would be little need for new infrastructure.
  • Over time, PHOs would have the option of addressing the use of old funds, for
    example cashing out Medicare and PBS funds, etc, and using them in the most
    efficient manner. For example, it would be possible to pilot the cashing out of
    Medicare items for GP practices and allied health/mental health services i.e. if a medical service gets x million from Medicare they could voluntarily cash it out with extra incentives if they are prepared to sign a three year agreement with the PHO.
  • It would be possible to progressively move to capitation of medical practices i.e.
    patients of GP practices could become enrolled and get access to incentives
    when this occurs
  • Incentives to consider such changes could be introduced, whilst maintaining funding as previously for all providers. No agency should lose funding; however participation in the PHO may be a condition of future funding.

5. A National Health Reform Commission

This whole process would ideally be achieved through the development of a national Health Care Reform Commission with Commonwealth and State co-operation. It could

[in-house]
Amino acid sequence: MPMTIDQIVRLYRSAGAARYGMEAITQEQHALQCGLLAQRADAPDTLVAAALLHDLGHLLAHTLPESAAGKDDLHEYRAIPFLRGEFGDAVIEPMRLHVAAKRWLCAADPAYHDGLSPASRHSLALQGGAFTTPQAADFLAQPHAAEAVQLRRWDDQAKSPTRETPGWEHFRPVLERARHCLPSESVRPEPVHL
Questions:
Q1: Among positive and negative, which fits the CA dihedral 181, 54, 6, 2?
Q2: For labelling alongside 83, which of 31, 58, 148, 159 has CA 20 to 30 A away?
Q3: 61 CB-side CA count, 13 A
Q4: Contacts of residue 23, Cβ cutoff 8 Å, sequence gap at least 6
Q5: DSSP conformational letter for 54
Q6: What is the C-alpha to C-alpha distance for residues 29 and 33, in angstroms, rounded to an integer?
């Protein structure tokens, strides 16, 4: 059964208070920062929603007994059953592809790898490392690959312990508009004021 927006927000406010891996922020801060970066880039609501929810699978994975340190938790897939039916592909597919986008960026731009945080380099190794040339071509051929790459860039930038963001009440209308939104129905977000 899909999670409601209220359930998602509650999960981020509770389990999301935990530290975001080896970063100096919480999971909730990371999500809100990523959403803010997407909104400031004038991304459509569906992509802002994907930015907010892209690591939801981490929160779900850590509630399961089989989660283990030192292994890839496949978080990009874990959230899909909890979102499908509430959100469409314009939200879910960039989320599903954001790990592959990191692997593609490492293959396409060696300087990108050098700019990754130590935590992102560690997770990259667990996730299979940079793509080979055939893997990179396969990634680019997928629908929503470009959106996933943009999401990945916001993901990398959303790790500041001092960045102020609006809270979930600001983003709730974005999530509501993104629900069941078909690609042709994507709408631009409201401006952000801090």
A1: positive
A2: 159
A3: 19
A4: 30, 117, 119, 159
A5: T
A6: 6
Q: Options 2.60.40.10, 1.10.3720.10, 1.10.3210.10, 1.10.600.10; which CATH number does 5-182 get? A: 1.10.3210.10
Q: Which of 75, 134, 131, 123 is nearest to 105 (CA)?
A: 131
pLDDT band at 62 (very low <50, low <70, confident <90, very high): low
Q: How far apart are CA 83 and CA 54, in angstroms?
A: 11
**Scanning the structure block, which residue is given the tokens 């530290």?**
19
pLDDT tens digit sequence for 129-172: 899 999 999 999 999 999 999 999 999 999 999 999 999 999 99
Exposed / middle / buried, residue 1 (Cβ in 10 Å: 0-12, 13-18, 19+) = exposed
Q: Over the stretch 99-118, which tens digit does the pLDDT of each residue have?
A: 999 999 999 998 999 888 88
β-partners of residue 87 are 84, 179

however, be introduced at an individual state level along the lines suggested by J Menadue in ‘Breaking the Commonwealth/State Impasse in Health: a coalition of the willing‘. Thus, it would not require the co-operation of all states, but those who don’t participate would ultimately lose out.

To realise a health system based on the principles listed, fundamental reforms to the system are required. Although this does not need to happen in a short time period,
incremental change to the system will fail to adequately address the health
needs of all Australians and will continue to result in gross inefficiencies
and inequities throughout the country.

[1] Fee for service
funding at a national level combined with co-payments inevitably result in
inequitable distribution of health spending. Fee for service funding directs
money to areas where providers are located, not where medical need is greatest.
The facility to charge co-payments then encourages providers to go where such
co-payments can be afforded i.e. areas at the higher end of the socio-economic
scale, which are areas of least need.


[2] See the upcoming seminar on the use of
citizen juries in health care reform, jointly hosted by the Centre for Policy
Development and the Australian Health Policy Institute: